Newest Rizal monument unveiled in Alberta, Canada
RED DEER, Alberta – Once more, Filipino pride beams atop a seven-foot pedestal featuring the bust of Philippine national hero Jose Rizal. The monument was unveiled on Oct. 23, amid rainy and cold weather in Airdrie, just north of Calgary City.
Renowned Filipino sculptor Toym Imao made the three-foot tall Rizal bust, which traveled from Manila to Calgary, then was brought to Airdrie. It is located in Nose Creek Regional Park.
The unveiling was 14 months in the making, courtesy of the Philippine Consulate General Calgary who led the project, in collaboration with the Filipino Airdrie Association, Airdrie City Council and an ad hoc group called the Rizal Monument Project Team.
The Rizal monument in Airdrie is the first in Alberta, and the fifth in Canada after the statues in Manitoba, Quebec, and Toronto and Markham City, both in Ontario.
Alberta Associate Minister of Immigration and Multiculturalism Muhammad Yaseen, Airdrie City Mayor Peter Brown and Filipino Airdrie Association Chair Jun Martin were present during the unveiling.
The unveiling was witnessed by some 400 spectators, who came from Calgary, Edmonton, Canmore, Banff, Wetaskiwin, Spruce Grove, Stony Plain, and Lethbridge.
“[They] stayed throughout the program despite feeling cold and wet. They said they felt privileged, honored and elated to witness a historic event in the life of the Filipino community in Alberta,” said Consul General Zaldy Patron told INQUIRER.net.
“The Rizal monument in Airdrie is historic because it is the first of its kind in Alberta,” said Patron. He said the more than 175,000 Filipinos in the province, the second largest Filipino population in Canada, now have “their own Dr. Jose Rizal monument to symbolize and represent them in this multi-cultural province and city of Airdrie.”
The monument is PCG Calgary’s “biggest cultural diplomacy project” to date, he added.
“This is PCG’s humble way of honoring our national hero, of paying tribute to the hardworking Filipinos in Alberta and of promoting our Philippine heritage and culture in this part of the world.”
Airdrie City Mayor Peter Brown has become familiar with Filipino culture over the years, having worked with some Filipino temporary foreign workers in the past, and after joining many Philippine-inspired celebrations led by the local Filipino community here.
“When Consul General Patron mentioned the idea during a Filipino event in June, 2019, I embraced it immediately,” Brown told INQUIRER.net.
He said he had learned about Jose Rizal’s heroism, again from his exposure to the Filipino local culture and art scene.
There are more than a thousand Filipinos living in Airdrie, mostly found in the manufacturing, hospitality and service sectors, said Brown. He has been the head of the city for 11 years.
Meanwhile, Nose Creek Regional Park was chosen because it is centrally located in the city and is very accessible to the locals. Many multi-cultural events are held at this park, he said.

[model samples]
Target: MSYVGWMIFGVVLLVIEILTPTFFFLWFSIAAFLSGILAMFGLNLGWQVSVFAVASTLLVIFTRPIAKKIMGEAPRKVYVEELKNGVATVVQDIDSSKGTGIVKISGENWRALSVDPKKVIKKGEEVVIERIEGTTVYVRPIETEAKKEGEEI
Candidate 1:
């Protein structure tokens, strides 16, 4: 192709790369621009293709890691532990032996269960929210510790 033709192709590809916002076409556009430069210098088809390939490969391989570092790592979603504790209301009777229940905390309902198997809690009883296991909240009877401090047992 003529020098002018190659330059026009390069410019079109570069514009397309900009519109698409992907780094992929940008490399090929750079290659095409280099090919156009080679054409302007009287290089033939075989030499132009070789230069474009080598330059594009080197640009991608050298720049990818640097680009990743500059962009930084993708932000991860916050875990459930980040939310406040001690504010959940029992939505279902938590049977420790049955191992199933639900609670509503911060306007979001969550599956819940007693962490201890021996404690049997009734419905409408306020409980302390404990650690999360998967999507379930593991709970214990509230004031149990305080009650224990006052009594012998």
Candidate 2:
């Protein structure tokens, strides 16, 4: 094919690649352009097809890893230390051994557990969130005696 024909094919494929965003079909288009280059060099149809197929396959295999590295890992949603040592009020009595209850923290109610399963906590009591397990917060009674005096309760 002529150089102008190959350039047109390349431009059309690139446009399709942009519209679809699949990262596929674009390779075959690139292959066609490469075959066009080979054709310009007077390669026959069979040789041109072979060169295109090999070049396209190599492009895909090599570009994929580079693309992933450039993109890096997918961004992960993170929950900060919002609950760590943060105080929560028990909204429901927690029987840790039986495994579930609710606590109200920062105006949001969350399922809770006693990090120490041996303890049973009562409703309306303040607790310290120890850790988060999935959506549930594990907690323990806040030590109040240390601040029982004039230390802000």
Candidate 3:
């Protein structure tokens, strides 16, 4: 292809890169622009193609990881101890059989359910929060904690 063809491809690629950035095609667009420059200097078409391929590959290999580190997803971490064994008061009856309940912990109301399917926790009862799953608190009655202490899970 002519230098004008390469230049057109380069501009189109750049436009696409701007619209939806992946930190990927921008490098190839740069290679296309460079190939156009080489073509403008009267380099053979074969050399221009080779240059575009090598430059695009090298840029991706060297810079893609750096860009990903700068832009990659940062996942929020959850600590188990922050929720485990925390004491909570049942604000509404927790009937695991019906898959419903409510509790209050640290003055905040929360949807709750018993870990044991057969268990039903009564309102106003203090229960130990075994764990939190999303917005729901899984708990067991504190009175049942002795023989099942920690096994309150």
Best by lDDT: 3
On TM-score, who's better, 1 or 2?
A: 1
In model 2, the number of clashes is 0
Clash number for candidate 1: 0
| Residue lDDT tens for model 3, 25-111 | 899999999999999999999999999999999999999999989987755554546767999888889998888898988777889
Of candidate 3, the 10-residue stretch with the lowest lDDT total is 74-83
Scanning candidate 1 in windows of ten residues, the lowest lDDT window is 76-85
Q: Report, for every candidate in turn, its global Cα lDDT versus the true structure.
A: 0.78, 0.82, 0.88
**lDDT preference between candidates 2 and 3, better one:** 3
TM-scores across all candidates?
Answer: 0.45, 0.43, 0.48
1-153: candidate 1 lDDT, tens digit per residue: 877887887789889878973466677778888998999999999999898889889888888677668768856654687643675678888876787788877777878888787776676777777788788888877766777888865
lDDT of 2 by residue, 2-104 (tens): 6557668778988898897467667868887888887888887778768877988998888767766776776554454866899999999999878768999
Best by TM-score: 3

Brown remarked that the statue does not only represent Filipinos as a hardworking, family-oriented, fun-loving and friendly community, but also shows Airdrie as a welcoming community, promoting diversity, inclusivity and cultural awareness.
He referred to the unveiling as “one of my most exciting days as a mayor.” “We gave the people who were present, an important piece of Airdrie.”
The event also gave him the opportunity to wear the Philippine’s national costume, barong, albeit in the torrential rain.
A seven-men team dubbed as the Rizal Monument Project Team worked together to come up with the design, cost and implementation of the project following its conception in 2019.
In September 2020, a formal project proposal was sent to Mayor Brown, and in October of the same year the project was approved by the city council.
Consul General Patron also presented the project to the Community Services Advisory Board of Airdrie in February 2021, which endorsed it.
Two more sessions of the city council in March and April, 2021 carried out the approval for other project details.
The project proponents organized the First ConGen Cup Golf Tournament in July, which helped raise funds.
The Rizal Monument project received the support of 32 sponsors and 192 brick donors, Filipino associations and individuals.
PCG Calgary also coordinated with the National Commission for Culture and the Arts of the Philippines, the National Historical Commission of the Philippines and the Department of Foreign Affairs in Manila in securing the other requirements for the project from the Philippines side.
The consulate general expects the Rizal monument to become a tourist attraction for Filipinos in the province. It noted the monument will be an additional attraction during the annual Airdrie Festival of Light, which takes place every year in December.
The PCG is also planning to hold its Philippine Independence Day, Philippine Heritage Month, Rizal Day and other Philippine events at the Rizal monument site.